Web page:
Written informed consent was obtained from all registered patients in accordance with the Declaration of Helsinki, and the study was approved by the Institutional Review Board of each of the 38 participating medical centers. The trial was designed, monitored, and analyzed by the principal investigator (A.F.L.) along with the cytogenetic (G.W.D.) and pathology (J.M.B.) reviewers in consultation with Celgene Corporation. The manuscript was authored by A.F.L. and A.R. with editorial revision by coauthors without sponsor limitation.
Lenalidomide was supplied in 5-mg capsules and was initially administered using a syncopated regimen (10 mg daily for 21 days of every 28-day cycle) based upon early data from other studies. With the availability of additional data, it became evident that daily dosing provided a superior interval to response with no apparent increase in toxicity.12 The study was activated in July 2003, and the treatment schedule was amended to 10 mg daily on September 12, 2003. Patients who had initiated lenalidomide on the syncopated regimen could be switched to the daily dosing regimen at the discretion of the treating physician.
Treatment was interrupted and the dose was modified for grade 3 or greater adverse events. For grade 4 neutropenia or thrombocytopenia, lenalidomide was omitted for the remainder of the cycle and was resumed at a dose of 5 mg/day at the planned start of the next cycle if the toxicity resolved. Subsequent dose reductions were 5 mg every other day, 5 mg 3 times a week, 5 mg 2 times a week, and 5 mg once a week, according to tolerance. Patients who could not tolerate 5 mg lenalidomide once a week every 28 days were discontinued from the study.
Complete blood profiles were obtained weekly for the first 8 weeks, then every 2 weeks for the second 8 weeks, followed by monthly thereafter. Bone marrow aspirate, biopsy, and marrow cytogenetics were repeated after 24 weeks of treatment for response assessment. Responding patients continued lenalidomide until disease progression, treatment failure, or unacceptable toxicity. RBC transfusions were administered according to prestudy clinical indicators with the following guidelines: hematocrit less than 25%, 2 units; hematocrit less than 21%, 3 units; and hematocrit less than 18%, 4 units. Myeloid growth factors were the only cytokines permitted.
Assessment of response and toxicity
The primary endpoint of the study was the frequency of RBC TI. Secondary analyses included the duration of RBC TI, frequency of minor erythroid response, cytogenetic and pathologic response, and the safety of treatment in the study population. Hematologic response was assessed according to International Working Group (IWG) 2000 criteria, in which response required sustained improvement for 8 or more consecutive weeks.15 A more stringent definition of RBC TI was applied in which TI must be accompanied by a peak hemoglobin rise of 10 g/L (1 g/dL) or higher. Minor erythroid response was defined as a 50% or greater reduction in RBC transfusions compared with baseline. Hemoglobin rise in patients achieving RBC TI was calculated as the difference between the maximum hemoglobin response and the minimum pretransfusion hemoglobin concentration in the 8 weeks before the first lenalidomide dose. Because new response criteria were proposed in 2006, the revised criteria for erythroid response were also applied. The IWG 2006 criteria omit minor erythroid responses, thereby accepting only clinically significant or major erythroid improvements. We interpreted the proposal to define an erythroid response as either a 4 units/8 weeks reduction in RBC transfusions triggered by a hemoglobin transfusion threshold of 90 g/L (9 g/dL) or lower among transfusion-dependent patients, or an increase in hemoglobin of 15 g/L (1.5 g/dL) or more for at least 8 weeks in non–transfusion-dependent patients.16 Cytogenetic response was determined by standard metaphase analysis before and after treatment for those patients with 20 or more evaluable metaphases in sequential specimens. Complete cytogenetic response was defined as the absence of metaphases containing an abnormal clone. Partial cytogenetic response was defined as a 50% or greater reduction in the proportion of abnormal metaphases after treatment. Cytogenetic nonresponders included those patients with any outcome other than complete or partial cytogenetic response. Cytogenetic progression was defined as acquisition of a new chromosomal abnormality. Pretreatment and follow-up marrow pathology and karyotypes were reviewed for assignment of French-American-British (FAB) category17 and cytogenetic pattern by J.M.B. and G.D., respectively. Study eligibility was determined according to local institutional pathologic and cytogenetic assessment. Adverse events were graded for severity using the National Cancer Institute Common Toxicity Criteria (NCI CTC) version 2.0. Follow-up ceased at 30 days after permanent withdrawal from protocol treatment.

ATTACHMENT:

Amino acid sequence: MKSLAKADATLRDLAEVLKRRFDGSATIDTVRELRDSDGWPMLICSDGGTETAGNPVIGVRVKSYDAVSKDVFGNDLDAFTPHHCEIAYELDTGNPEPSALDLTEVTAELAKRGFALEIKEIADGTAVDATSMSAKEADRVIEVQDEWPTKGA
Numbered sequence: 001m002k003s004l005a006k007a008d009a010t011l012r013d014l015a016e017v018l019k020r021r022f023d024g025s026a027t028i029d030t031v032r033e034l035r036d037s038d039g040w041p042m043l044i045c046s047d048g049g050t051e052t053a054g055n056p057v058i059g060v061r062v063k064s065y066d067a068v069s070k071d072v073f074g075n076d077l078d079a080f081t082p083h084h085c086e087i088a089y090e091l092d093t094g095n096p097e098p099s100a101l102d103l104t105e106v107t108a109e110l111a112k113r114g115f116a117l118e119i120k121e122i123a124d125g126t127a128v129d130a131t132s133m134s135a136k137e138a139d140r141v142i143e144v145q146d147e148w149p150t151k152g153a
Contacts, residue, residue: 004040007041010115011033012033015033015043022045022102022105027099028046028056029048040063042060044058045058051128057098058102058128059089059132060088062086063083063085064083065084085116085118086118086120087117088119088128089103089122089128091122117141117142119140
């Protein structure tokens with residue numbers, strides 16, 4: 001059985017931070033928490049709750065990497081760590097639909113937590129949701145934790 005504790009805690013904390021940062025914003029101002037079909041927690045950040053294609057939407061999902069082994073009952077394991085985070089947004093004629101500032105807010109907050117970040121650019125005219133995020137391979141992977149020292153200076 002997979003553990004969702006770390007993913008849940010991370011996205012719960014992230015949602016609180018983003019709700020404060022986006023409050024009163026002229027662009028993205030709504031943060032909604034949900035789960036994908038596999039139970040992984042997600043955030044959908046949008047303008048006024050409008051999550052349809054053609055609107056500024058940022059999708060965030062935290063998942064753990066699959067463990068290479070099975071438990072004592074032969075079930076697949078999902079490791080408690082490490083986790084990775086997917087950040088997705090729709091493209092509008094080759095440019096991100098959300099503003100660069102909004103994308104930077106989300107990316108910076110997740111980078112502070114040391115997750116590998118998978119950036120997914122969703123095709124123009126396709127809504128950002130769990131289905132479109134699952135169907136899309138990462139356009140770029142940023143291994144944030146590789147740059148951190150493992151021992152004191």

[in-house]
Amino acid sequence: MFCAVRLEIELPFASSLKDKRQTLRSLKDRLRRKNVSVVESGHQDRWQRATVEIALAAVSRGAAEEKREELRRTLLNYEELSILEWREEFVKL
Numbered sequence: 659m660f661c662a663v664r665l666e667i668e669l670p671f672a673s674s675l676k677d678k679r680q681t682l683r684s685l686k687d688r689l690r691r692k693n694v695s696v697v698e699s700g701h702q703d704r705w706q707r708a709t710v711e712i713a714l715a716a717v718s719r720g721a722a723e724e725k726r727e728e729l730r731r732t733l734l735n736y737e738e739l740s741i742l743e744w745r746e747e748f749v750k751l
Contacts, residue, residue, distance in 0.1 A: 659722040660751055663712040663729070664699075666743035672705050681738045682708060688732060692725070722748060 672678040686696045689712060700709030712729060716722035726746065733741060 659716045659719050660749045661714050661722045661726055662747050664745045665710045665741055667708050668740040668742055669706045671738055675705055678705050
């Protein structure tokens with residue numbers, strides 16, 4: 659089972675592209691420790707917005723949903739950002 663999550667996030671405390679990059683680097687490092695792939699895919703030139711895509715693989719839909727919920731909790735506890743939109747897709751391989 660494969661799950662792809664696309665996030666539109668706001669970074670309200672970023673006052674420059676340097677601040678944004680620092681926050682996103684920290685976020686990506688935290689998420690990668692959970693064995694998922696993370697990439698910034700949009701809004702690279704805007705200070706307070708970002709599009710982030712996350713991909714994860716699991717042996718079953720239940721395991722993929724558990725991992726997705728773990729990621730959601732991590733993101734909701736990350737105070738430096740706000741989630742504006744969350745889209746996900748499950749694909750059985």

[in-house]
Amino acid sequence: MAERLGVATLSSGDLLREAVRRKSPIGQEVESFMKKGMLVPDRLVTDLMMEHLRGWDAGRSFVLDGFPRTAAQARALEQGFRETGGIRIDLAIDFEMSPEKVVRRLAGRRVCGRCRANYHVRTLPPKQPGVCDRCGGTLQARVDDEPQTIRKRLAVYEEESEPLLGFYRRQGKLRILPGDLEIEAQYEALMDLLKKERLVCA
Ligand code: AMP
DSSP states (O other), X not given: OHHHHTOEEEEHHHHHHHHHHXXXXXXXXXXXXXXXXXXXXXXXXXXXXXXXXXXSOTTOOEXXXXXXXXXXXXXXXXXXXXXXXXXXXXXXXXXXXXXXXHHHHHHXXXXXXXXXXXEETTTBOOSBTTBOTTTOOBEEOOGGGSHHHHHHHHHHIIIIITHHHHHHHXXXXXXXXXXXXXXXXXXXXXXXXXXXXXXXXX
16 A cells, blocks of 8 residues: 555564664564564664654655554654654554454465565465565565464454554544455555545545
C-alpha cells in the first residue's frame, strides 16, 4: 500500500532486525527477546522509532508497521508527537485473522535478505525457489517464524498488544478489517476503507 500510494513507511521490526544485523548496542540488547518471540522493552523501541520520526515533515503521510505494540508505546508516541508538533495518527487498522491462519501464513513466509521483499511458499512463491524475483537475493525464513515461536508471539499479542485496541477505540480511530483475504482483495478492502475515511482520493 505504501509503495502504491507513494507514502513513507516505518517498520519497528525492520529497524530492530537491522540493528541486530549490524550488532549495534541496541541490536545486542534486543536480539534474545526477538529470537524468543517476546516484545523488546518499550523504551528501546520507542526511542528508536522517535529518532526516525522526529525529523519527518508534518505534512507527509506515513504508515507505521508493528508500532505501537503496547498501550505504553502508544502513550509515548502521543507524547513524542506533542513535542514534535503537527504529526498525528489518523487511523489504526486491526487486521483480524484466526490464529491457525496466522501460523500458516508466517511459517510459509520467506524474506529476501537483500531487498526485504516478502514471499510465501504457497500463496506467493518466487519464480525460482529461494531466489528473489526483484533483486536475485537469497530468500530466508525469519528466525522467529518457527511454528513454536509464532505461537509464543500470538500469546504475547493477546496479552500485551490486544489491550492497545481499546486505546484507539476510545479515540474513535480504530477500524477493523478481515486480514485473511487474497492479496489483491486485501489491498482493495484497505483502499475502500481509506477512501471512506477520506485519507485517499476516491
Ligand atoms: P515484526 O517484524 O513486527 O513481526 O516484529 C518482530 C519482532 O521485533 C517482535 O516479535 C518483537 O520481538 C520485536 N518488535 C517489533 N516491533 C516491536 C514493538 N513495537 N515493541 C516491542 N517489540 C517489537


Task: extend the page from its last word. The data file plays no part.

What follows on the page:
A 1-stage binomial design based on a targeted response rate of 25% statistically required at least 114 patients. Due to favorable efficacy and safety results as assessed throughout the study by the sponsor's internal data monitoring committee, enrollment of 215 patients was permitted in order to provide more substantial safety data and to obtain more precise response estimates. One patient with a lower-risk MDS associated with a deletion 5q cytogenetic abnormality was mistakenly enrolled into this study. This patient's results have been excluded from this analysis. All response and toxicity analyses were performed using the intention-to-treat principle and included all of the remaining 214 registered patients and reflect data available as of July 5, 2006.